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A30 The role of huntingtin in human myeloid cells
  1. Ralph Andre1,
  2. Grace O’Regan1,
  3. Sahar Farag1,
  4. Paul Lavender2,
  5. Sarah J Tabrizi1
  1. 1UCL Huntington’s Disease Centre and Department of Neurodegenerative Disease, UCL Institute of Neurology, University College London, London, UK
  2. 2MRC and Asthma UK Centre in Allergic Mechanisms of Asthma, King’s College London, London, UK


Background While the central nervous system is considered to be the primary site of Huntington’s disease pathology, the systemic innate immune system may be a modifier of disease progression. Myeloid cells from Huntington’s disease patients exhibit numerous functional abnormalities, and use of RNA deep-sequencing to perform whole transcriptome analysis of primary cultures demonstrates significant transcriptional differences in Huntington’s disease monocytes in their basal, unstimulated state. Human Huntington’s disease monocytes are intrinsically abnormal and transcriptional dysregulation is a key mechanism underlying innate immune dysfunction in Huntington’s disease. This hyper-excitable phenotype of Huntington’s disease myeloid cells is corrected upon HTT lowering, but of further note HTT lowering in monocytes from unaffected, non-gene carriers results in a similar reduction in inflammatory cytokine production levels to that seen in Huntington’s disease ones, suggesting a role for wild-type HTT in myeloid cell function.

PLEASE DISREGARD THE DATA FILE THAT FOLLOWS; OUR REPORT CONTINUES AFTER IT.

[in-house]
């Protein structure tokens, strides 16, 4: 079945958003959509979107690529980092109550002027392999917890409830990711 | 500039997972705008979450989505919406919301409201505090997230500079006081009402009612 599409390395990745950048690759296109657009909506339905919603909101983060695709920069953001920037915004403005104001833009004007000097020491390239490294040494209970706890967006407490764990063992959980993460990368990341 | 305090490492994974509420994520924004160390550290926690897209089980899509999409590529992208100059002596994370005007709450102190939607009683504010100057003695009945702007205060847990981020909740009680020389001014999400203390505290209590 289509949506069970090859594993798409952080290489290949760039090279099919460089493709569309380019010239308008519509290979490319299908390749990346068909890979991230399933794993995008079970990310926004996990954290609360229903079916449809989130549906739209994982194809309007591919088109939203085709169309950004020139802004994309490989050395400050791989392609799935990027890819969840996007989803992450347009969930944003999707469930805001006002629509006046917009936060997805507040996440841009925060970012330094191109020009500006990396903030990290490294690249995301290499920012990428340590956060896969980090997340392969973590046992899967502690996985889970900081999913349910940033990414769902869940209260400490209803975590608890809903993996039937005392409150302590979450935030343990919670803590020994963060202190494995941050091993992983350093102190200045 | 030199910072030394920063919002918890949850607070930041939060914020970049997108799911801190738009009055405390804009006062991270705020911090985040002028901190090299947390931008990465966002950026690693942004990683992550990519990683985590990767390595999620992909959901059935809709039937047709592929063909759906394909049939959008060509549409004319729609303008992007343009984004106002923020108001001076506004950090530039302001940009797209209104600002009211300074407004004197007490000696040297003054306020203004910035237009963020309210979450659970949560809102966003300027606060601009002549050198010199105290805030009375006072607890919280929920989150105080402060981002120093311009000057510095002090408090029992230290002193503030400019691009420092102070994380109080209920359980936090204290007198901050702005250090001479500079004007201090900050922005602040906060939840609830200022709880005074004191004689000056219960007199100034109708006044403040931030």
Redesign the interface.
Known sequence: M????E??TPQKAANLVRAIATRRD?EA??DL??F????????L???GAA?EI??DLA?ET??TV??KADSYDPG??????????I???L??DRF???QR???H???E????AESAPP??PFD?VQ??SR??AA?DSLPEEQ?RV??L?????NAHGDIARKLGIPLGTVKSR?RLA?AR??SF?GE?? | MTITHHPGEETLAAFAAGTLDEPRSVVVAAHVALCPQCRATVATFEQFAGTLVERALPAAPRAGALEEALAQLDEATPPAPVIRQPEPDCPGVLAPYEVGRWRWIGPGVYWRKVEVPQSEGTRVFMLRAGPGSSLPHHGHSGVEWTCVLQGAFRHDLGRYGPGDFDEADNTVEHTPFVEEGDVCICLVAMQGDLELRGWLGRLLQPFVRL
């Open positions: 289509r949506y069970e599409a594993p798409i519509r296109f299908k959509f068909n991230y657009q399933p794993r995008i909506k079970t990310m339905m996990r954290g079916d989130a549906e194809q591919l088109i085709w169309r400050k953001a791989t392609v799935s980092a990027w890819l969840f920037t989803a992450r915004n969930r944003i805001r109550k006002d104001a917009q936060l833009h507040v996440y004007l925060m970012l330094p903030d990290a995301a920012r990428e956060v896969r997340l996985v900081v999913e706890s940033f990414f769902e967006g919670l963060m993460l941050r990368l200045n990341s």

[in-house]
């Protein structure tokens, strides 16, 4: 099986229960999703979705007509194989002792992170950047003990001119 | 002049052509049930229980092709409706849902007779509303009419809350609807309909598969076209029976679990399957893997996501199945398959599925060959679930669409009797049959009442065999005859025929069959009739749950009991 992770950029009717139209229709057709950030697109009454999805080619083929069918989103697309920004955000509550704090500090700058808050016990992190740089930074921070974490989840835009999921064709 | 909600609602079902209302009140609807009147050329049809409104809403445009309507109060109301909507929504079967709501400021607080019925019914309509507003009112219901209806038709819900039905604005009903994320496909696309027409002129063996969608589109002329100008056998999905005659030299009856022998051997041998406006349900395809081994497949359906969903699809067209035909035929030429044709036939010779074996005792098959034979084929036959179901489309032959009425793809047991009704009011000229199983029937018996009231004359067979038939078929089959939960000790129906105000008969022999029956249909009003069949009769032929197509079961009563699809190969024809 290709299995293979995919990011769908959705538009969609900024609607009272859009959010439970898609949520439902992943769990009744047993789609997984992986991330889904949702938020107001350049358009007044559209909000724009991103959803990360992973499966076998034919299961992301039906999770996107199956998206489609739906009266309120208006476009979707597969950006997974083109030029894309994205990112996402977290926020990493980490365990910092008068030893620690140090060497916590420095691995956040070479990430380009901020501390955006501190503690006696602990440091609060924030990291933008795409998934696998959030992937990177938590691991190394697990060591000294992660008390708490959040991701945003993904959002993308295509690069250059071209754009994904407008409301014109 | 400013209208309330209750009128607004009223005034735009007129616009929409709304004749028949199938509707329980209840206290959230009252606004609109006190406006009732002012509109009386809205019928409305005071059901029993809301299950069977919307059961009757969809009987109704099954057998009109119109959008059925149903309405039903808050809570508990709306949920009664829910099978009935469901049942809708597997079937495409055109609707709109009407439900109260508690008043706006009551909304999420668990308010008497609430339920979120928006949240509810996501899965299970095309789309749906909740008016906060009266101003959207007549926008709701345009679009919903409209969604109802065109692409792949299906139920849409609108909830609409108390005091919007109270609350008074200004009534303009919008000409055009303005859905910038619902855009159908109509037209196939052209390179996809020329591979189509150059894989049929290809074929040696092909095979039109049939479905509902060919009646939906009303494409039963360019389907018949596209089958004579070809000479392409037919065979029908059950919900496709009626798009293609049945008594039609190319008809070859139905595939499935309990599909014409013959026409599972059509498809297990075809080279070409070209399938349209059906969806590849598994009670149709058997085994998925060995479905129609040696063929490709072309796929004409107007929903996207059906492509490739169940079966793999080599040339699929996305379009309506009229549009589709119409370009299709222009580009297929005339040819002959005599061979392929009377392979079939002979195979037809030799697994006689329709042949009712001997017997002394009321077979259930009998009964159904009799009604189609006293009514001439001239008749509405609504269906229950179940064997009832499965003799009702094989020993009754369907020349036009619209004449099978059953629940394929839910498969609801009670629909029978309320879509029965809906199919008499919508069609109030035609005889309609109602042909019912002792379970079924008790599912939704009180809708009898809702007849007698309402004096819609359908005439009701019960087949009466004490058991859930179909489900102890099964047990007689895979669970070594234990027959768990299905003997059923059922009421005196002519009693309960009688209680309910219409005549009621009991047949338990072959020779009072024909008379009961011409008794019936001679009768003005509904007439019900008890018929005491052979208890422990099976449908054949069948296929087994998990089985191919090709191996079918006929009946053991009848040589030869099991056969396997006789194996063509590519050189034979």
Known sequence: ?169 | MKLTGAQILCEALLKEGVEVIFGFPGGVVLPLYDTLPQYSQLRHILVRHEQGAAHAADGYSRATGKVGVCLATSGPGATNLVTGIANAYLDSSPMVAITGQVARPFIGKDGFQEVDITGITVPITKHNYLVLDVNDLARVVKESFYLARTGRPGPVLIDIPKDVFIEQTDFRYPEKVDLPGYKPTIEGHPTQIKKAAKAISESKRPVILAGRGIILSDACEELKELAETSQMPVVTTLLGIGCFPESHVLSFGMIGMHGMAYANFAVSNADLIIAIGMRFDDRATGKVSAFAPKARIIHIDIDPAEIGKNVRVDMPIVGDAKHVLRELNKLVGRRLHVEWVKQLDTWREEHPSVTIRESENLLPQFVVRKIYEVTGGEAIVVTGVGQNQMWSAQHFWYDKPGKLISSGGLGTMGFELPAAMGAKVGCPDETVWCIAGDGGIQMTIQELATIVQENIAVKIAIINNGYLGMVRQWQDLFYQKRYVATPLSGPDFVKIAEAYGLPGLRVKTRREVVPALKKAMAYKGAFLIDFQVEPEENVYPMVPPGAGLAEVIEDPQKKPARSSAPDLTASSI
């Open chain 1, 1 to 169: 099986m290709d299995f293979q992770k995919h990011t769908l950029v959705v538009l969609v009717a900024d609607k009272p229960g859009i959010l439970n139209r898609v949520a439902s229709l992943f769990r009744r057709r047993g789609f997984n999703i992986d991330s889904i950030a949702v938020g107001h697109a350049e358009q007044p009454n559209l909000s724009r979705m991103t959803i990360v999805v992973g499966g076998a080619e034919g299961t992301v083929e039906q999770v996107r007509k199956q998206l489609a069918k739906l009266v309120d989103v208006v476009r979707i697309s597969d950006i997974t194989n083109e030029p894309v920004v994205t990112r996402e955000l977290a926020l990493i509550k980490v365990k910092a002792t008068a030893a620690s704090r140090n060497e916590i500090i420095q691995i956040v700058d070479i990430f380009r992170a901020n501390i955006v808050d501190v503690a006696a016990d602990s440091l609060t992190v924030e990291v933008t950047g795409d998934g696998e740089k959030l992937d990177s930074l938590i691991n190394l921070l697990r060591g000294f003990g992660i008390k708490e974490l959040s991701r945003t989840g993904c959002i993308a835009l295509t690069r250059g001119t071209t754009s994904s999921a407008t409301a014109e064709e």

Aim To investigate the mechanisms of altered transcriptional regulation that are associated with HD myeloid cell hyper-reactivity, and the role of wild-type HTT in normal myeloid cell responses

Methods RNA-sequencing was performed for whole transcriptome analysis of primary monocytes isolated from HD patients and control subjects cultured with and without a proinflammatory stimulus. ChIP-seq was undertaken to identify changes in histone modifications or transcription factor binding that are associated with altered transcription. Glucan particle-mediated delivery of anti-HTT siRNA was used to investigate the effects of HTT lowering on a range of myeloid cell phenotypes.

Results That Huntington’s disease myeloid cells have a proinflammatory phenotype in the absence of stimulation is consistent with a priming effect of mutant huntingtin, whereby basal dysfunction leads to an exaggerated inflammatory response when a stimulus is encountered. The molecular mechanisms underpinning these changes may be associated with effects of mHTT on specific histone modifications and transcription factors to increase the expression of particular genes associated with inflammation. The effects of the disease-associated form of HTT on myeloid cells may be an extension of a normal role of the wild-type form in these cells. The observation that HTT lowering reduces inflammatory cytokine production from control myeloid cells has now been confirmed in additional healthy, non-HD cohorts. Together with effects on other aspects of myeloid cell function, this confirms a novel role for wild-type HTT in immune system function under resting conditions.

Conclusions A novel role for wild-type HTT in immune system function exists under resting conditions. Further research is demonstrating the underlying characteristic of this newly discovered role for HTT and how it may be changed in the disease state to cause a hyper-reactive phenotype.

Support Medical Research Council, Rosetrees Trust, Brain Research Trust

  • Inflammation
  • innate immune system
  • monocytes
  • macrophages
  • microglia
  • huntingtin

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